I Didn’t Die, My Phone Did


What I imagine if I were to throw my IPad out the window.

by Stephanie Leontiev

Setting my phone on silent, shutting down my Macbook, storing away my IPad, is a routine I follow before I go to bed. Except this time, I wasn’t going to sleep; I was waking up to a day without technology. I was waking up to Darkness.

I thought about all of the possible ways I could make this doomed Day Without Technology easier for me. Unplugging my phone from it’s charger would cause the screen to fade to pitch black along with my motivational screen savor “Live for Today” saying to disappear into oblivion. The only times my phone shuts off is when it dreadfully loses battery, and the pit in my stomach increases as the red percentage number decreases. Total Darkness. At least this was a conscious decision, as I knew the usual ping of an incoming email—that I swear sparks extra nerve signals in my brain to send doses of delightful anxiety—wouldn’t be tempting me.

While taking these precautions, I grew more and more uneasy. Although it was a Saturday, hence the weekend and not a “work” (and school) day, I still felt that someone, somewhere, would need me to respond to him or her immediately. Am I that popular? No, not really. I get more texts from my mom than I do from my friends. But I’ve grown up in a generation where answering your emails the moment you read them, which should be the moment they are received, is an undeniable truth. Besides this in-real-time communication being an expected one, I feel good when I respond to emails. Not because it incites people pleasing or a feeling of induced productivity, but because I genuinely want to respond to the email and receive a response the same way I would have a conversation with someone in person in Real Life: an immediate exchange.

I remembered an anonymous article I read years ago in The Economist that echoed the likes of what Guatamaditya Sridhara recently wrote last month in “Blackberry: The best tool for desperate (a.k.a. all) lawyers?” taken from a client’s email: “We also require legal professionals aiding us to be able to respond to emails and correspondence ASAP considering the nature of work involved.” The previous anonymous article also added something along the lines of if you god-forbid are driving through a tunnel and lose connection while a deal is being made, you best wish you were dead because you will be fired.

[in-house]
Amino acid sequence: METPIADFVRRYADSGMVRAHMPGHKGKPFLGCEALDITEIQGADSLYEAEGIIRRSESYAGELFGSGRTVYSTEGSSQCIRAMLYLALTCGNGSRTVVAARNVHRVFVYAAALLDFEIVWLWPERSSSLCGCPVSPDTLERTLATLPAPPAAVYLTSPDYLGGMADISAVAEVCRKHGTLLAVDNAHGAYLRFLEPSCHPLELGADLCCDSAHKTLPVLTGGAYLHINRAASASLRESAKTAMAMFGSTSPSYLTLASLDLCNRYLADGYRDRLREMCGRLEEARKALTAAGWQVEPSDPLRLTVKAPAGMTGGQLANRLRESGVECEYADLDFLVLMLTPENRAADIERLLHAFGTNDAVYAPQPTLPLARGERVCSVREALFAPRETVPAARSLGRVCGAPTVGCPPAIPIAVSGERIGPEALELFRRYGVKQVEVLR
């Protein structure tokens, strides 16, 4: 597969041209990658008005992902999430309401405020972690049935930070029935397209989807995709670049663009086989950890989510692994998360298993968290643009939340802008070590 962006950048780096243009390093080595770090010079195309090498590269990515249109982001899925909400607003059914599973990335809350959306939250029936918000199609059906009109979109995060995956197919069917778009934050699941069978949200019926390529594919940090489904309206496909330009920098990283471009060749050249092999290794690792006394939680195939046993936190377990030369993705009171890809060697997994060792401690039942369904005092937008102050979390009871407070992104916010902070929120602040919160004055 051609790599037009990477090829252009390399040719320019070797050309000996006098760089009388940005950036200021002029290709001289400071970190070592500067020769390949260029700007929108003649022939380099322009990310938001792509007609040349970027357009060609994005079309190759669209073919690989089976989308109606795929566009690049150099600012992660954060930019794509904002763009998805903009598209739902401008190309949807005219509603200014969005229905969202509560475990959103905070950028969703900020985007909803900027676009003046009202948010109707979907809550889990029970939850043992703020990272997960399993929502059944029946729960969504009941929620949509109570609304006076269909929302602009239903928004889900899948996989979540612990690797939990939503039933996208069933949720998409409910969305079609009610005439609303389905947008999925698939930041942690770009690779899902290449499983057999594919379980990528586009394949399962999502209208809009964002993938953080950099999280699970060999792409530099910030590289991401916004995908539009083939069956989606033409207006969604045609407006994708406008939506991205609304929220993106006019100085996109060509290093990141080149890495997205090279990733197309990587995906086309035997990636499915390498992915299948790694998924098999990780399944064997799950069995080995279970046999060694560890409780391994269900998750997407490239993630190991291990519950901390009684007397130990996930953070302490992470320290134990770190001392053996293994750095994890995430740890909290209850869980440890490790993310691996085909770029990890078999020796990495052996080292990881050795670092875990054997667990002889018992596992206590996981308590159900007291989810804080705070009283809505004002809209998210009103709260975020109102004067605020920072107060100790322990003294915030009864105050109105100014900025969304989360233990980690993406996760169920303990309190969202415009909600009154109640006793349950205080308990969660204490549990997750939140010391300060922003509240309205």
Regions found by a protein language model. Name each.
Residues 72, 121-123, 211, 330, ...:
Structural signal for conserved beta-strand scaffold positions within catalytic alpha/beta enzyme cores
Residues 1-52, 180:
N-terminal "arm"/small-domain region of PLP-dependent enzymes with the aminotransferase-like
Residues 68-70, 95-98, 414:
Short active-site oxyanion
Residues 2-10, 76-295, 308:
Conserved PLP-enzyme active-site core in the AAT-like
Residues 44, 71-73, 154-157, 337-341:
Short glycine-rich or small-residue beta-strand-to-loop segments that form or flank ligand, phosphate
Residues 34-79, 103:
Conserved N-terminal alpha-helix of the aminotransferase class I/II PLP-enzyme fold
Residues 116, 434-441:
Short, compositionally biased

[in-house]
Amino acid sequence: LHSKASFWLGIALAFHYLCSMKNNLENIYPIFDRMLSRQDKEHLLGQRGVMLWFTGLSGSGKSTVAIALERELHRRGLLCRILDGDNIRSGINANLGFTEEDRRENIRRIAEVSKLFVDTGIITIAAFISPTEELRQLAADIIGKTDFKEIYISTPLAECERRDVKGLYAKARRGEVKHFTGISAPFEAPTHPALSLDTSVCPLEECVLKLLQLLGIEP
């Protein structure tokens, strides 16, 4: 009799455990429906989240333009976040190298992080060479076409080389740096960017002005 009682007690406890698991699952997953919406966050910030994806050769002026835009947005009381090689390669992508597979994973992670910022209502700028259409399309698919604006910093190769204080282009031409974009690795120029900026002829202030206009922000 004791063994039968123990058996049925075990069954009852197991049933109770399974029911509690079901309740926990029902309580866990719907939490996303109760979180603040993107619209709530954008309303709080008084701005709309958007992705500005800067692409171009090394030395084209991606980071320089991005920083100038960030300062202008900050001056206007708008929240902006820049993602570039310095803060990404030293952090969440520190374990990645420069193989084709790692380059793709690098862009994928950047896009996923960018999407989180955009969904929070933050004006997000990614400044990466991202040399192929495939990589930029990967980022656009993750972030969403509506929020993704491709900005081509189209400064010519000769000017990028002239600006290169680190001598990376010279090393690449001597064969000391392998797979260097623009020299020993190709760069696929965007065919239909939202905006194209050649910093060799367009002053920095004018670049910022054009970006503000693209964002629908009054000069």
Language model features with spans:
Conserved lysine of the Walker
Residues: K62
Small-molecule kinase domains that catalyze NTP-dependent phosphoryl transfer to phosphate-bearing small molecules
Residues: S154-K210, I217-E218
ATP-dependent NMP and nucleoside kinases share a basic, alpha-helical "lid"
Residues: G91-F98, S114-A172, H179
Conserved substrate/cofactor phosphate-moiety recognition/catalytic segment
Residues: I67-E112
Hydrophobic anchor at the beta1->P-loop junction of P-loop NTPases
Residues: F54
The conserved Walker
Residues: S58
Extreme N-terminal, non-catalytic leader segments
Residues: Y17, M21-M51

But in regards to the established lawyers and investment bankers, who am I to talk? I’m just a sophomore in college to whom most people say, “oh, relax, you have so much time!” But technology has tremendously blurred the lines of what a mere intern can do because it empowers one to use the same tools and resources of the Professionals. Suddenly, time doesn’t matter too much because we can control a part of it. It goes by faster; we grow up faster.

I, studying journalism and politics, am incessantly scrolling through Politico’s Playbook, my Twitter feed, my homepage that has been set to CNN since 9th grade of high school, among other sites in order to stay informed. The desire to literally know everything that is going on in this increasingly globalizing world is addictive, time-consuming, and satisfying. Receiving news alerts on my phone makes me feel like I am a part of the groundbreaking decision that was made because I know now as if I was actually there. I want to know. Immediately.

Taking this power away from me is ceasing my existence.

Thank goodness for the New York Times (shout out to the Washington Post for when I’m back home). Call me a grandpa in this modernized world, but I freaking love to read the newspaper every day with my cup of coffee at a Starbucks that is conveniently placed right on my city block. This seemingly simple task is the reason I am “okay” with early mornings because I have a stack of everything-that-is-happening right in my hands to eagerly look forward to. No need for technology here (the printing press is in a different context).

Take this away from me and I’m on the next shuttle to Mars—at least there I can look at the whole world.

So, before embarking on my metaphorical journey into the cave for a solid 24 hour hibernation free of my holy devices (for Pete’s sake I couldn’t even tell what time it was because I am not at the point in my life yet where I flaunt a sophisticated watch), I bid adieu to a couple of my friends who I could expect to text me and spent an hour on the phone with my mom trying to explain the experiment, which led to trying to talk in advance of the next day for the supposed to-be lost conversations. Still, I would later turn on my phone to five texts of “STEPHANIE, ARE YOU ALIVE” from my loving mother.

I spent my day reading lots, busily running errands on my To-Do list, and only listening to the sound of my voice inside my head because I did not have my iTunes available (does everyone talk to themselves so much or am I going nuts).

Needless to say, I love my technology and do not want to live without it or the people, places, and knowledge it connects me with…unless it’s summer vacation when time stands still, and I’m lying on a beach somewhere in Paradise. Then we can t— Just kidding, I will be “out of reach, please take a message”.


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